Adapted from an article by the Rev. Dr. Mark Nygard, by Bishop Michael Rinehart
On April 8, 1923, four American Lutheran missionaries were lowered off a packet boat, the S.S. Asie, unto the deck of the riverboat that would take them to Douala, Cameroon. They could not have imagined what awaited them: presenting papers to colonial authorities, hiring porters to carry many supplies up-country, walking 26 days unarmed through the bush to find a starting place, learning two languages, and finally settling down in a village called Mboula. The American missionaries were Adolphus and Marie Gunderson, newlyweds from Wisconsin and Iowa, and Anne Olsen and Olette Berntsen, Lutheran deaconesses from Brooklyn. Many others followed. These were ordinary laypeople with a strong sense that being embraced by Jesus Christ was the only ultimate reality in life.
Within a matter of years, they were joined by local believers. The proclamation of the gospel tugged at the heartstrings of their new neighbors, and on December 11, 1932, the first baptisms occurred: Daniel Alim, Pierre Kayin, Barthelemy Kantou, Paul Sanda, Philip Audu, and Andre Garba. These newly baptized followers of Christ later became the Cameroonian church’s first pastors.
The following month, two of these six were already sharing their faith as missionaries in what is now known as the Central African Republic. By 1990, the number of African pastors in Cameroon alone totaled 46, and since then, the number in the Cameroonian and Central African churches combined has grown into the hundreds, ministering to parishioners who total in the hundreds of thousands. These ordinary lay people were simply riveted by the Good News of a loving Savior who had given himself completely for them.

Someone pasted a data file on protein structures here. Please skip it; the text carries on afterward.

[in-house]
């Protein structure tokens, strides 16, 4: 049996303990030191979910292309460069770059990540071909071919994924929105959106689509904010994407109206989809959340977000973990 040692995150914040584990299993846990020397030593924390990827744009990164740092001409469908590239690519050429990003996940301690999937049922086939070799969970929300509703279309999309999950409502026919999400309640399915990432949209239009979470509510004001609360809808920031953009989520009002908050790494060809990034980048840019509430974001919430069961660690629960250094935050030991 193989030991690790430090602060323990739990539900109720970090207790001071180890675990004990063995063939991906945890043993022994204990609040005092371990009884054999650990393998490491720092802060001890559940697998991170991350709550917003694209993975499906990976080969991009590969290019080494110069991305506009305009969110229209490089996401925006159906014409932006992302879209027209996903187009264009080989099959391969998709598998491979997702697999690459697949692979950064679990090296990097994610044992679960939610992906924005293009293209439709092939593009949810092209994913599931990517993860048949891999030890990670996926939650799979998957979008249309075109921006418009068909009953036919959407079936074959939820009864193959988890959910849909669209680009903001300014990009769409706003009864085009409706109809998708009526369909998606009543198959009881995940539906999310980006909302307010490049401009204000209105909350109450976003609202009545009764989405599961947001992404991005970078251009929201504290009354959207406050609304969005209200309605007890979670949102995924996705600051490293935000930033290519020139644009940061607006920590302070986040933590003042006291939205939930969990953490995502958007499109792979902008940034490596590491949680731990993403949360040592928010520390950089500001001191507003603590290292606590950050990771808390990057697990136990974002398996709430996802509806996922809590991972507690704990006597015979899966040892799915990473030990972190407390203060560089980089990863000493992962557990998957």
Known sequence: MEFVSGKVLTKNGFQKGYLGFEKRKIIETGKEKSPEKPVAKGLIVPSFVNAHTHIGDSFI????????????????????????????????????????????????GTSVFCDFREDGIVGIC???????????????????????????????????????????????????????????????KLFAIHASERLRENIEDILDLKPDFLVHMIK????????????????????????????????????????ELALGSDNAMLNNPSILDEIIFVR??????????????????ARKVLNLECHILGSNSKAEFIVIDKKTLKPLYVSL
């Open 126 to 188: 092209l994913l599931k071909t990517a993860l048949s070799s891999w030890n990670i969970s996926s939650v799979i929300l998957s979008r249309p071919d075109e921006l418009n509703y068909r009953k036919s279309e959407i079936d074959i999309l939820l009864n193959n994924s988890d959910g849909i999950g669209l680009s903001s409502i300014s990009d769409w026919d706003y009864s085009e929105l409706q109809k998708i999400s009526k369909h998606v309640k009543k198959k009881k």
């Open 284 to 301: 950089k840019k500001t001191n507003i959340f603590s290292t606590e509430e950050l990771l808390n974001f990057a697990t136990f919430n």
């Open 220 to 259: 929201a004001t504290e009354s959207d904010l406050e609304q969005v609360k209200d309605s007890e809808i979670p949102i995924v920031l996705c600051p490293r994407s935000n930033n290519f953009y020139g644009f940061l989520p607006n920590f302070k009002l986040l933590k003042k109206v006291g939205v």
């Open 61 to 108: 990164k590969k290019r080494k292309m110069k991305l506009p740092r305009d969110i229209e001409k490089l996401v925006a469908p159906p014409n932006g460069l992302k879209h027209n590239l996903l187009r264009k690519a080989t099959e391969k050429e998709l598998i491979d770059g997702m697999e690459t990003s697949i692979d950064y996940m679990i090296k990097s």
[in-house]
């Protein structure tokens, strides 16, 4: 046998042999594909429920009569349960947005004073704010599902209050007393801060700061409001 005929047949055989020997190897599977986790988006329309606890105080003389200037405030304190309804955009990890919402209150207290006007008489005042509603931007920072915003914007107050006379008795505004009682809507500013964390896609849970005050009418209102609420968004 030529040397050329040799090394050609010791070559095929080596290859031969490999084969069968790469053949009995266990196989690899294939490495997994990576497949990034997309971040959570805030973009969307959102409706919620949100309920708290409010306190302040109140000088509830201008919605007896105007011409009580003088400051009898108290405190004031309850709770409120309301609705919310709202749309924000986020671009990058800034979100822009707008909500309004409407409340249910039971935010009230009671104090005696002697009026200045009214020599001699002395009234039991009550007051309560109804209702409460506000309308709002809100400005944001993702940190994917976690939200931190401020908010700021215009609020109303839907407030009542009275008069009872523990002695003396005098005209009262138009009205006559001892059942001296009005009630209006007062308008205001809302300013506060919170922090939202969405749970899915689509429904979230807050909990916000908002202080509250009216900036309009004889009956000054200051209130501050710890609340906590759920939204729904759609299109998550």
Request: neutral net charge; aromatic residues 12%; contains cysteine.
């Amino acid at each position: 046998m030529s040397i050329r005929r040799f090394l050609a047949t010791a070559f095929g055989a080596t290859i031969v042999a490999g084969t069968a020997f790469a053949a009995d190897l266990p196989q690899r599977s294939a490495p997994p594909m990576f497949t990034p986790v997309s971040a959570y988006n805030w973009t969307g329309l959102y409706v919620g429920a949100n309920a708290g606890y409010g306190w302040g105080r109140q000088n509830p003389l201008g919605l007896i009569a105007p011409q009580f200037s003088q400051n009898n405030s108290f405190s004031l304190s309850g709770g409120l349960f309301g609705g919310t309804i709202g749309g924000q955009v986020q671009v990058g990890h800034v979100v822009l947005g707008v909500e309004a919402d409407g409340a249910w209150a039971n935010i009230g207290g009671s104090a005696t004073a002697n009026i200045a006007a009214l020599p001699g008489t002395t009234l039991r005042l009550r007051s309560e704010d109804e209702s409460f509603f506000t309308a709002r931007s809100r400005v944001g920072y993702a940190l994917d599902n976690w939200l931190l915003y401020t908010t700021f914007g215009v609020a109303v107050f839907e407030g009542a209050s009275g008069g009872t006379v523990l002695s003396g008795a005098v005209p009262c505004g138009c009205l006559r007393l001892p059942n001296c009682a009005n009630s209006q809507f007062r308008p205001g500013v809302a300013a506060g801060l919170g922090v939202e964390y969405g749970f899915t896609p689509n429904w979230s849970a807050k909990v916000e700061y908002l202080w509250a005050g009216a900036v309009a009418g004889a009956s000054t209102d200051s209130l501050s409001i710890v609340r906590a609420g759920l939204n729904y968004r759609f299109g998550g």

This is an international mission story that should not be forgotten. Earlier this year, July 7-9, a centennial celebration was held in Minneapolis. Unfortunately, because of the backlog of visa requests in the complexity of US customs, Pastor Ngoe Joseph, president of the church in Central African Republic, and their women’s president, Francine Yaimann, were unable to attend. We were represented by Carolyn Jacobs and Charles Short, members of our Gulf Coast, CAR Team.
In November, the centennial celebration will be held in the Central African Republic. The church has requested the presence of the bishops of the three synods that have companion relationships with the Evangelical Lutheran Church in America Central African Republic: the Gulf Coast Synod, the Eastern North Dakota Synod, and the Western North Dakota Synod. We will also be represented by Veronique Eberhart, a member of our CAC Team, who is fluent in French.
This October, just prior to the celebration, would you be willing to remember the Evangelical Lutheran Church in the Central African Republic in your congregation’s prayers each week? Would you be willing to take a special offering for the Evangelical Lutheran Church in Central African Republic? Among the many projects of this church that we support, we would also like to raise $35,000 to help build a school.
As we travel, we covet your prayers for us, and for our colleagues in the Evangelical Lutheran Church of the Central African Republic. We give thanks for the family of believers that has committed itself to following through on that daring start of 1923. We hope that the celebration will be a fitting tribute to those who have gone before us in the work and to those who continue the work today and remarkably difficult conditions.